If you are familiar with the Far Cry formula, then there are a few things you know you can expect with the release of a new entry in the series: an exotic location, a large sandbox to explore, and a lot of things to shoot. Far Cry 5 maintains that same formula, but instead of an exotic location like the Himalayas or an island in the Pacific for our adventure, it takes place in modern-day Montana.
This time around, we take on the role of a sheriff’s deputy who, along with a small task force, is sent to Hope County to assist in the removal of a religious doomsday cult, Eden’s Gate, and the arrest of their leader, Joseph Seed. This plan immediately goes awry, as the cult’s followers attack the task force helicopter, forcing it to crash, freeing Joseph and setting the game’s plot in motion.
Far Cry 5 does a few things differently right off the bat as it lets you customize your character; you can not only choose between different outfits and hairstyles, but the gender of your character as well. This was a pleasant surprise for me, as I am far more driven to advance in a game and complete quests with the promise of newer clothes or glasses as a reward, rather than saving the day or defeating bad guys.
As with other Far Cry games, it is easy to become overwhelmed with the sheer scale of the game map as well as the seemingly endless list of things to do. From story missions, to side quests, to Prepper Stashes, to Guns for Hire, to collectibles, to hunting and fishing, the list goes on and on—all while you are constantly being hunted by Joseph and the followers of Eden’s Gate, not to mention all manner of aggressive wildlife.
Thankfully, this is where Far Cry‘s biggest new feature really comes in handy: online multiplayer. Featured prominently in the menu, all it takes is a few simple clicks and you can send an invite to your friends and have them seamlessly jump into your game; there’s no lengthy load times or watered down “online only” game modes. It’s the same full Far Cry 5 story, but this time with backup. This feature alone kept me coming back to Hope County again and again. Not only does it even the odds in your fight for survival against Eden’s Gate, but it also adds to the chaos and unpredictability of a game that is already overflowing with chaos and unpredictability.
Here’s an example: I was playing with a friend of mine on Xbox, and we had just destroyed a large Eden’s Gate roadblock. As I was looting bodies for ammo, I turned to see him engaged in a fistfight with a wolverine—which, in Far Cry 5, is a perfectly normal thing to do. I finished my looting and started over to assist him in his fight, which was going on for longer than I think he had intended, only for him to emerge victorious. His revelry was short lived though, as seconds after dispatching with the wolverine, a roaming wild turkey snuck up behind him and finished what the wolverine had started.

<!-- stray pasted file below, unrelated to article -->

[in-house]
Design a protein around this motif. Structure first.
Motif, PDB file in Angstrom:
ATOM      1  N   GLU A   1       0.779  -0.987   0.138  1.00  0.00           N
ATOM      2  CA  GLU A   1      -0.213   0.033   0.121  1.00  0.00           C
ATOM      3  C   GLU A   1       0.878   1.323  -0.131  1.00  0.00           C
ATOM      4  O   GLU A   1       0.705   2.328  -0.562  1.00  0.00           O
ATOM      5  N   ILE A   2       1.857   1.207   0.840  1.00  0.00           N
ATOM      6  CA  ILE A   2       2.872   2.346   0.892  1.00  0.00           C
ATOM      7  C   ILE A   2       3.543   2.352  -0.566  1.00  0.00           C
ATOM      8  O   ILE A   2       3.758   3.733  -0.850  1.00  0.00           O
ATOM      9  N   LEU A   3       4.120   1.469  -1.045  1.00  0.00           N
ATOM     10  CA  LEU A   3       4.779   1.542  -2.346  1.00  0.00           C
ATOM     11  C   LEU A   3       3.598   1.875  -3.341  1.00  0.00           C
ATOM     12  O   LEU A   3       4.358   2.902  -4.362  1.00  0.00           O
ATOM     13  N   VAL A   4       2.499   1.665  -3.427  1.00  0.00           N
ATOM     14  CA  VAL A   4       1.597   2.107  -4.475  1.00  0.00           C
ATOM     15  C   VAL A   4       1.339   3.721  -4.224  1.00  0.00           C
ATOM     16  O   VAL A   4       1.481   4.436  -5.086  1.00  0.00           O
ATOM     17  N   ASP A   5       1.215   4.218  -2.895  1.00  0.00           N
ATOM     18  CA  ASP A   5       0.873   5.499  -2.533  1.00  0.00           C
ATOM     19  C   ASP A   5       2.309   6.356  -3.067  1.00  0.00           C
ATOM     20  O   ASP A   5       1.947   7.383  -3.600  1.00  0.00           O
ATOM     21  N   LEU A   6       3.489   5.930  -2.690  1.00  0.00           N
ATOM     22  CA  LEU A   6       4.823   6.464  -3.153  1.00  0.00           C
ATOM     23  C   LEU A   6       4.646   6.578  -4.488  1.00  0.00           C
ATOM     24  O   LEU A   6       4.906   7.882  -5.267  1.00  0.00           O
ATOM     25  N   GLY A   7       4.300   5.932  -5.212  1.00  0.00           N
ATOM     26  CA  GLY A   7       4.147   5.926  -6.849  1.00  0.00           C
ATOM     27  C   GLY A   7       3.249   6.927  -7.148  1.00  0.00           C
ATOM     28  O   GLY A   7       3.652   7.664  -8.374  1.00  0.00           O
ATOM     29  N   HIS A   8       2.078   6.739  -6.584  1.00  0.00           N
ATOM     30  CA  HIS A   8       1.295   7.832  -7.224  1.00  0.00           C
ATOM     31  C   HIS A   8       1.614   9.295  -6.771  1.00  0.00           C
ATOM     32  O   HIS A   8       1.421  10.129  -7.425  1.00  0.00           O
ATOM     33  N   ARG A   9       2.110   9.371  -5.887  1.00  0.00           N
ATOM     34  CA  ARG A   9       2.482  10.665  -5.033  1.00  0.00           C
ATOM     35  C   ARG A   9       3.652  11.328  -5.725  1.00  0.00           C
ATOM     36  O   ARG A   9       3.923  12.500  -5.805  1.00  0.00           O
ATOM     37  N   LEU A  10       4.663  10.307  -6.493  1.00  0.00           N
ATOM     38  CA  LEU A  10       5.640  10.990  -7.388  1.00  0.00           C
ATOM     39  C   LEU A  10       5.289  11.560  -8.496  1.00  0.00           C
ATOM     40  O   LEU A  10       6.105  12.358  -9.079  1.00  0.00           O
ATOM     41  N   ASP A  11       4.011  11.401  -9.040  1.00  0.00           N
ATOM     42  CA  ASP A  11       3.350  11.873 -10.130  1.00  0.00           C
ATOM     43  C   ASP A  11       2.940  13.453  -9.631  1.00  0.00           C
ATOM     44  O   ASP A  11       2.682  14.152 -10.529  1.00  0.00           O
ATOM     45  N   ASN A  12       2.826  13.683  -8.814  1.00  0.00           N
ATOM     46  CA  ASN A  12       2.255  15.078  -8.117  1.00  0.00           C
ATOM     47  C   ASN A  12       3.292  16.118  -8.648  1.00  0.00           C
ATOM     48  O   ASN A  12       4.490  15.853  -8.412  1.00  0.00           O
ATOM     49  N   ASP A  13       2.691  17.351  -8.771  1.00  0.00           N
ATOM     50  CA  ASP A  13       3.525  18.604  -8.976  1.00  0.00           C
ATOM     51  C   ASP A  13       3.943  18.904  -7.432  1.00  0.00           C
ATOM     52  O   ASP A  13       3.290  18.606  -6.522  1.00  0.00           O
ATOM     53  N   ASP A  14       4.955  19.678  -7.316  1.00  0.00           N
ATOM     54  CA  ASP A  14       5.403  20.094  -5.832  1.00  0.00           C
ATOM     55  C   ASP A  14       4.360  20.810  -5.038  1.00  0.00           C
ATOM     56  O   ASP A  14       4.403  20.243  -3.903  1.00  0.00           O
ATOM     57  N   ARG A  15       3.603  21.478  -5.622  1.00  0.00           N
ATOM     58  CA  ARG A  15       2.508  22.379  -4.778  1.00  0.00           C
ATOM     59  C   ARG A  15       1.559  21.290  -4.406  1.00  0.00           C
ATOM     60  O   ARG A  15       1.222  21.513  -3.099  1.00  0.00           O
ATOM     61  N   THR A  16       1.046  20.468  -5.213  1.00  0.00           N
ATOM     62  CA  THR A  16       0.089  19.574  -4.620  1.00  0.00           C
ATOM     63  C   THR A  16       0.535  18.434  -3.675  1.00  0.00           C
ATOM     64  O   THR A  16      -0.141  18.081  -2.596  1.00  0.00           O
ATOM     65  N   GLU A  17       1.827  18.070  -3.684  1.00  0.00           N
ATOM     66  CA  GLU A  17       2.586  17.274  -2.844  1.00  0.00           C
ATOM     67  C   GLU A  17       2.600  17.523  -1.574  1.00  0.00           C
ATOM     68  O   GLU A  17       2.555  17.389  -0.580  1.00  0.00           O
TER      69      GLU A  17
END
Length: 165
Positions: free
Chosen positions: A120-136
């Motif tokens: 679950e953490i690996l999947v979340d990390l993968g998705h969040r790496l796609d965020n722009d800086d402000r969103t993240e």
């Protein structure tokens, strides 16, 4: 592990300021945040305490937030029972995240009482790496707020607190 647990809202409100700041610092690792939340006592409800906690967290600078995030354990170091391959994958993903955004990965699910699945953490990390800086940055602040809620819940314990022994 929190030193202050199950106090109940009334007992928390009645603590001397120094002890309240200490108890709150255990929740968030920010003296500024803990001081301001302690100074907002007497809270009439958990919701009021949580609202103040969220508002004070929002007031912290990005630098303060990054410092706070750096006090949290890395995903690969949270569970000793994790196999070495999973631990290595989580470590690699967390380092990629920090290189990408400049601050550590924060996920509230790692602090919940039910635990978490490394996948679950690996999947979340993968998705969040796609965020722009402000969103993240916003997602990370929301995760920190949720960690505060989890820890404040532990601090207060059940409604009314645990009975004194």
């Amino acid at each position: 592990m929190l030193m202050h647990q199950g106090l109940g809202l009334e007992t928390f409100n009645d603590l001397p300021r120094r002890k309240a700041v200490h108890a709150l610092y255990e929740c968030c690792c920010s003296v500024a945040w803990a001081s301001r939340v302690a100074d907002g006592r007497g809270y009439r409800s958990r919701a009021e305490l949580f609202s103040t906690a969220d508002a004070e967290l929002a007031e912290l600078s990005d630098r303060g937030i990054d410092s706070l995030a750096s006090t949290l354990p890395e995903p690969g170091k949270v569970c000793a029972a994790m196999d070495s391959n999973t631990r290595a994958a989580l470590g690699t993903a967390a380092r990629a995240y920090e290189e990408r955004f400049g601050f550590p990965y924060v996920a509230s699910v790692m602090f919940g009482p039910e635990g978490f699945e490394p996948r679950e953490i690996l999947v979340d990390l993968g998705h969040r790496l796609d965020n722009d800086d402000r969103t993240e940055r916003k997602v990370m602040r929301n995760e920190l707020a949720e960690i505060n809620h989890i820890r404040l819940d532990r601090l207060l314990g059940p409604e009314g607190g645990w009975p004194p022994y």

Even if you choose to ignore online altogether, there is a handy companion system that allow you to assemble a party of ragtag mercenaries, and some four-legged friends, to make sure you don’t have to face Eden’s Gate alone. Of course, the game does boast some impressive visuals that, even on my standard Xbox One, made a place like Big Sky Country feel like a fitting setting next to other games set in more interesting destinations. A wide variety of customizable weapons, character perks, and vehicles means that every enemy encounter can be as different and unique as you want.
Unless you are like me, and you just rely on your trusty rocket launcher to blow up anything and everything.
Meanwhile, there are a few things that do take some getting used to, but that don’t necessarily take away from the overall Far Cry experience. The weapon wheel is a tad cumbersome, and will leave you ill equipped for a firefight more than once as you try to switch from a shovel to a shotgun. Also, while I don’t doubt turkeys and wolverines are hard to defeat in hand-to-hand combat, even with the addition of a baseball bat it seems to take forever to put them down. Airplane combat also gets very confusing, especially when it is necessary for story progression; even if you ignore story missions, the game will railroad you through story if you advance too far without doing it.
All of that being said, Far Cry 5 is an enjoyable experience that is only made better with the inclusion of multiplayer; hopefully, DLC will keep the fun going throughout the summer. I, for one, am hoping for some additional cosmetic options, as I am in desperate need for some better shirt choices.
Far Cry 5 is available now for PC, PlayStation 4, and Xbox One.